Author ORCID Identifier

Date Available


Year of Publication


Degree Name

Doctor of Philosophy (PhD)

Document Type

Doctoral Dissertation


Arts and Sciences


Hispanic Studies

First Advisor

Dr. Dierdra Reber


My dissertation, Truth in Horror: Cinematic Representation of Social Violence in Spain, Latin American, and the Latinx United States, investigates the recent explosion of political horror films that straddle the past and present, reflecting both the current political moment and the polemic historical memories of state repression against racialized others and ideological dissidents. Chapter One, “Paranoid Horror and the Return of Franco,” studies four Spanish horror films, Tras el cristal (1986), Pa negre (2010), Mientras duermes (2011), and Musarañas (2014), all of which feature child protagonists that seek out truth about violent family secrets, but ultimately reject it as a means of self-preservation, thus offering a pessimistic outlook on the futurity of Spanish democracy that likewise remains haunted by the specter of dictatorship. Chapter Two, “Remembering, Representing, and Reacting to Latin American Horror,” compares and contrasts the Chilean film Trauma (2018), which relies on the conventions of the torture porn/splatter subgenre to educate about the violence endured during Pinochet’s reign, with the Guatemalan La Llorona (2019), which diverges from typical conventions to show how even supposedly apolitical or benign characters have upheld and benefitted from narratives that justify the use of state violence. Chapter Three, “Capitalist Latinx Horror,” analyzes how Sleep Dealer (2008), Culture Shock (2018), and Madres (2021) subvert the emblematic American myths regarding the United States as being a land of opportunity where dreams are made in a post-race society by showing how, in order to maximize profit, it must rely on the labor of unseen and underpaid undocumented workers as malleable and disposable entities. The recent surge of political horror films offers a warning about a return to authoritarian rule vis-à-vis the simultaneous rise of far-right political leaders while also providing an introspective experience for audience members in which we must come to terms with our own complicity in extractive and violent behaviors within the globalized neoliberal world order.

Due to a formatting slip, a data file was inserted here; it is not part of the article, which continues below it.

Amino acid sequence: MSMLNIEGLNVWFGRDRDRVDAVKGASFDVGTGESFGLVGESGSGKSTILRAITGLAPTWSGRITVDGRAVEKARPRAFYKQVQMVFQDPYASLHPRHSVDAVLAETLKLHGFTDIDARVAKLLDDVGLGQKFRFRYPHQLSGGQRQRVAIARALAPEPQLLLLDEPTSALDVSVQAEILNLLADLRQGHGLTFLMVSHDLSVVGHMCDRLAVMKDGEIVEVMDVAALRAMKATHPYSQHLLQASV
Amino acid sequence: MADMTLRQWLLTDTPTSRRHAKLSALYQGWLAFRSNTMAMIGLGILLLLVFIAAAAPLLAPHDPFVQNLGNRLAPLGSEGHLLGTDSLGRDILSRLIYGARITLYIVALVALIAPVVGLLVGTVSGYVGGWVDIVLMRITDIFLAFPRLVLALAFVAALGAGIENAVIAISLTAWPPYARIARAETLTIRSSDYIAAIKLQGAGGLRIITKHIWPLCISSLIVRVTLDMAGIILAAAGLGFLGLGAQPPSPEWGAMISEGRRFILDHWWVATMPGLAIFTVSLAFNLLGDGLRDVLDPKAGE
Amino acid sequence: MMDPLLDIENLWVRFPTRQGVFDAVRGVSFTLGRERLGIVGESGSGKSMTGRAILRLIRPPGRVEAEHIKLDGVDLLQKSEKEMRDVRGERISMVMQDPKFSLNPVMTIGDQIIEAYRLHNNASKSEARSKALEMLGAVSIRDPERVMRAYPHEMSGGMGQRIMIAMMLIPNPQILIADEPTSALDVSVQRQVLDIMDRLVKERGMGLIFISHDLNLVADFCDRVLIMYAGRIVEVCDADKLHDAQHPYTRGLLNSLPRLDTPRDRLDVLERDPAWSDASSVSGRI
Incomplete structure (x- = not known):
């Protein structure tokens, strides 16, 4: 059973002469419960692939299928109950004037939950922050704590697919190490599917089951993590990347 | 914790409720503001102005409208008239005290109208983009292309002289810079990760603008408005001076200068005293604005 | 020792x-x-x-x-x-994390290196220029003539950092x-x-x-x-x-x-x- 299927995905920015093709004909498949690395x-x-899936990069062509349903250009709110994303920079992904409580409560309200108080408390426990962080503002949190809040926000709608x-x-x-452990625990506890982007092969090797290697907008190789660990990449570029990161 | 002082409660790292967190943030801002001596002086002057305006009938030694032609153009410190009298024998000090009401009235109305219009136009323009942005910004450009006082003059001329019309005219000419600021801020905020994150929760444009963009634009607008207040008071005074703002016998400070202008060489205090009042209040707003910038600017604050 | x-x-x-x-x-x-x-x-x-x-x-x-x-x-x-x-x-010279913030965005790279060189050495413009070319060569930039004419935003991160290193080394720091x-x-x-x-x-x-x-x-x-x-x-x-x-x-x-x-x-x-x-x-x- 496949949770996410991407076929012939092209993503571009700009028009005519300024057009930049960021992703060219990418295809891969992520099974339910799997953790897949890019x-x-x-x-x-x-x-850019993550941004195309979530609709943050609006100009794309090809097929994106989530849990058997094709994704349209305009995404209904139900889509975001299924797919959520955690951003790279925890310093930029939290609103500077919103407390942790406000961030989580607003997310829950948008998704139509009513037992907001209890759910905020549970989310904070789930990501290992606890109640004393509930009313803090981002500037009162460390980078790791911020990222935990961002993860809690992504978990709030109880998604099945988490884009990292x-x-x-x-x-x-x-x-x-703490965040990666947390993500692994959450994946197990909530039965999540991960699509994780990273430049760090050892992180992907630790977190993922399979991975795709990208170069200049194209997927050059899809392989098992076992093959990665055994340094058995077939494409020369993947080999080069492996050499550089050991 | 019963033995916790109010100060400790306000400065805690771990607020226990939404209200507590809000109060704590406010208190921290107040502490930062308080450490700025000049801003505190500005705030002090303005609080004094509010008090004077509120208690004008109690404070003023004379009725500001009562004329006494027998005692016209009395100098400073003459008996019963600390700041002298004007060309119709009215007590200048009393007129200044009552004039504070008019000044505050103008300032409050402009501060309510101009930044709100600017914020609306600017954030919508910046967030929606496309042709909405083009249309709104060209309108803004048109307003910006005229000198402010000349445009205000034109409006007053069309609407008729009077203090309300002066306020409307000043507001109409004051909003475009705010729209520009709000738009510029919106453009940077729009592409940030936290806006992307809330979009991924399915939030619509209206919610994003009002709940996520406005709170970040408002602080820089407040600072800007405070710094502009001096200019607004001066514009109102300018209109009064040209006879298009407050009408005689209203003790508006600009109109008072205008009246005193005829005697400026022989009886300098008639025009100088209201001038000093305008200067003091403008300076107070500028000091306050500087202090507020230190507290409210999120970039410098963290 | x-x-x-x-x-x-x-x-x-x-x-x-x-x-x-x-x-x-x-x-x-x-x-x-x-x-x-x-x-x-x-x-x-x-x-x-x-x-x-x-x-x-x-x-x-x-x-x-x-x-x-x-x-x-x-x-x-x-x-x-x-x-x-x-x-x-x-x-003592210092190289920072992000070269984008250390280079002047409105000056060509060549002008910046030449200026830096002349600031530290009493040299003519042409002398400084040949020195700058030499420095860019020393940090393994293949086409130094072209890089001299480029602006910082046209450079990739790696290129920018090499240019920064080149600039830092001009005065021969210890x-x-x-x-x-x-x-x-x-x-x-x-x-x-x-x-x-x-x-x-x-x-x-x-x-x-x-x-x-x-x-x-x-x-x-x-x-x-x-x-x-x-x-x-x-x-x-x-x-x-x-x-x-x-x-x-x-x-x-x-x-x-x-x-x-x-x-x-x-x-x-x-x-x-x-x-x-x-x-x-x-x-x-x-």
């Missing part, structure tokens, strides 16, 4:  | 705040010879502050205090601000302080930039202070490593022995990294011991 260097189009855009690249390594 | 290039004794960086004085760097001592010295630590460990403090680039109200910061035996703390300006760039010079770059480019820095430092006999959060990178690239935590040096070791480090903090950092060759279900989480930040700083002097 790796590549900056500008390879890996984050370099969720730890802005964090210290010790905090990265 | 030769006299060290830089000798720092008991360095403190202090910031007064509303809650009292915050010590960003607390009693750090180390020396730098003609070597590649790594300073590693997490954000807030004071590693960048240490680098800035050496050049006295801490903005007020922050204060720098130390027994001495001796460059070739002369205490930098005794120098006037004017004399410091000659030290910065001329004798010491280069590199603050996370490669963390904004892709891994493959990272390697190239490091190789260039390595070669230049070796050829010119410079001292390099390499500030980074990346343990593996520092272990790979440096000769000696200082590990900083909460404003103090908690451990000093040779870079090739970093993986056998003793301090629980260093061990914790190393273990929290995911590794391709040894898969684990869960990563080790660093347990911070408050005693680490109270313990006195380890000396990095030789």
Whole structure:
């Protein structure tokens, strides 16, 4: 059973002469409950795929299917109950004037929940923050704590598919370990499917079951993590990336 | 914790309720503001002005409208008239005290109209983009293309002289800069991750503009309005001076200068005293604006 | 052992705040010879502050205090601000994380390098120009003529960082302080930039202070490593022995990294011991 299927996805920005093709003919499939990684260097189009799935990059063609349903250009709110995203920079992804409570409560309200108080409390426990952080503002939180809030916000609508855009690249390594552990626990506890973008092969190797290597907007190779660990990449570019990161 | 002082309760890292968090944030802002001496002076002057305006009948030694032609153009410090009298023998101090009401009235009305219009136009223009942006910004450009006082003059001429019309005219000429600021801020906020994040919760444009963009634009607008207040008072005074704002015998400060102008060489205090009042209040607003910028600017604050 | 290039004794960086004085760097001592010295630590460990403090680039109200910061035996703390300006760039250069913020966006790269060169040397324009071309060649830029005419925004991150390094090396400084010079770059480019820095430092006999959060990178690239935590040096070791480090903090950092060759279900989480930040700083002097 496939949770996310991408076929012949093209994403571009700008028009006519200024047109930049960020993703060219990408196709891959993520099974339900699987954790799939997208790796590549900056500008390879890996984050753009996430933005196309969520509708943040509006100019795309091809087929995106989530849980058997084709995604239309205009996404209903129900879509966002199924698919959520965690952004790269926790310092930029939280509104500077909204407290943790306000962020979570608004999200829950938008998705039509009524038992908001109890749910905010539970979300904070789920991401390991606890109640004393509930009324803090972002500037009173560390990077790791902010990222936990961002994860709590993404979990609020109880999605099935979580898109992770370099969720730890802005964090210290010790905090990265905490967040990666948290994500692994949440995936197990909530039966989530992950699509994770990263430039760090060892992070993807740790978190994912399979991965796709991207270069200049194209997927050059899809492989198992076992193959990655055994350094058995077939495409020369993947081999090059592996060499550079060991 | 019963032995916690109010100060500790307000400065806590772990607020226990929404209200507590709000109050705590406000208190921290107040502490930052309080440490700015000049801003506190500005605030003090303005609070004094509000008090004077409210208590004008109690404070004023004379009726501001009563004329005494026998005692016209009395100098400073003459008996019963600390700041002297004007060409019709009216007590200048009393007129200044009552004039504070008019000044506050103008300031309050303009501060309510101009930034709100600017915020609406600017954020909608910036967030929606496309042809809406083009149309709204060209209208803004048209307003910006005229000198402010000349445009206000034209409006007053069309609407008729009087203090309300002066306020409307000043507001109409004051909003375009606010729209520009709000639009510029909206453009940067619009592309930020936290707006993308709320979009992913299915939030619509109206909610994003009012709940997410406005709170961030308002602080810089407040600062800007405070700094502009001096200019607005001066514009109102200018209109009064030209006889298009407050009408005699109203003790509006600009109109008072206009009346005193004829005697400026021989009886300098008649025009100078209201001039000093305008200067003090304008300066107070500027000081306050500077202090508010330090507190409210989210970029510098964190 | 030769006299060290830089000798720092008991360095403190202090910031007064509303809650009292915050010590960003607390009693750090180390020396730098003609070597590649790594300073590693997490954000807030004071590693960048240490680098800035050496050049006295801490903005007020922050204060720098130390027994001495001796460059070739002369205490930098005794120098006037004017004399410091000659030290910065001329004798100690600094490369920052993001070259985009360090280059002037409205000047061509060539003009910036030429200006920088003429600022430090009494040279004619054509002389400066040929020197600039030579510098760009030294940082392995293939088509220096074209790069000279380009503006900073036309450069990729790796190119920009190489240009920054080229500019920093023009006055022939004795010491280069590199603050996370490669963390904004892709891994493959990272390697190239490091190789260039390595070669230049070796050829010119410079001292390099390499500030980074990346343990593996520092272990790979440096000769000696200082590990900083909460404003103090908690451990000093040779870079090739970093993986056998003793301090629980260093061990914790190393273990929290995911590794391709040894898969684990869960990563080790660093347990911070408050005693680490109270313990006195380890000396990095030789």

Digital Object Identifier (DOI)

Available for download on Monday, August 04, 2025